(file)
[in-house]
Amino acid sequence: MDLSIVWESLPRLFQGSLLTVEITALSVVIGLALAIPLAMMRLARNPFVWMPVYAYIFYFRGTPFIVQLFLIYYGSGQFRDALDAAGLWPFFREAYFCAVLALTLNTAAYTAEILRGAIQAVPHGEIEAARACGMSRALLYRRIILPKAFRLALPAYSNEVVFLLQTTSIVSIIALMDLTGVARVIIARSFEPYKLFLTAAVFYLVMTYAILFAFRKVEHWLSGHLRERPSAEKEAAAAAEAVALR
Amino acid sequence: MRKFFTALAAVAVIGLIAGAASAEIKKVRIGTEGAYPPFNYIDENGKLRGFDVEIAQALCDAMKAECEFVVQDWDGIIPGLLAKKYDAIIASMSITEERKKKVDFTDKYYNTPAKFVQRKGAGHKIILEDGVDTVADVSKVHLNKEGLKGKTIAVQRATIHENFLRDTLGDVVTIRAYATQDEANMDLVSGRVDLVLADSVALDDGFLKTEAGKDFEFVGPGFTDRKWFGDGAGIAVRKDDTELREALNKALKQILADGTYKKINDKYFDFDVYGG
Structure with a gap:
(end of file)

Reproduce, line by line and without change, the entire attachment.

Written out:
[in-house]
Amino acid sequence: MDLSIVWESLPRLFQGSLLTVEITALSVVIGLALAIPLAMMRLARNPFVWMPVYAYIFYFRGTPFIVQLFLIYYGSGQFRDALDAAGLWPFFREAYFCAVLALTLNTAAYTAEILRGAIQAVPHGEIEAARACGMSRALLYRRIILPKAFRLALPAYSNEVVFLLQTTSIVSIIALMDLTGVARVIIARSFEPYKLFLTAAVFYLVMTYAILFAFRKVEHWLSGHLRERPSAEKEAAAAAEAVALR
Amino acid sequence: MRKFFTALAAVAVIGLIAGAASAEIKKVRIGTEGAYPPFNYIDENGKLRGFDVEIAQALCDAMKAECEFVVQDWDGIIPGLLAKKYDAIIASMSITEERKKKVDFTDKYYNTPAKFVQRKGAGHKIILEDGVDTVADVSKVHLNKEGLKGKTIAVQRATIHENFLRDTLGDVVTIRAYATQDEANMDLVSGRVDLVLADSVALDDGFLKTEAGKDFEFVGPGFTDRKWFGDGAGIAVRKDDTELREALNKALKQILADGTYKKINDKYFDFDVYGG
Structure with a gap: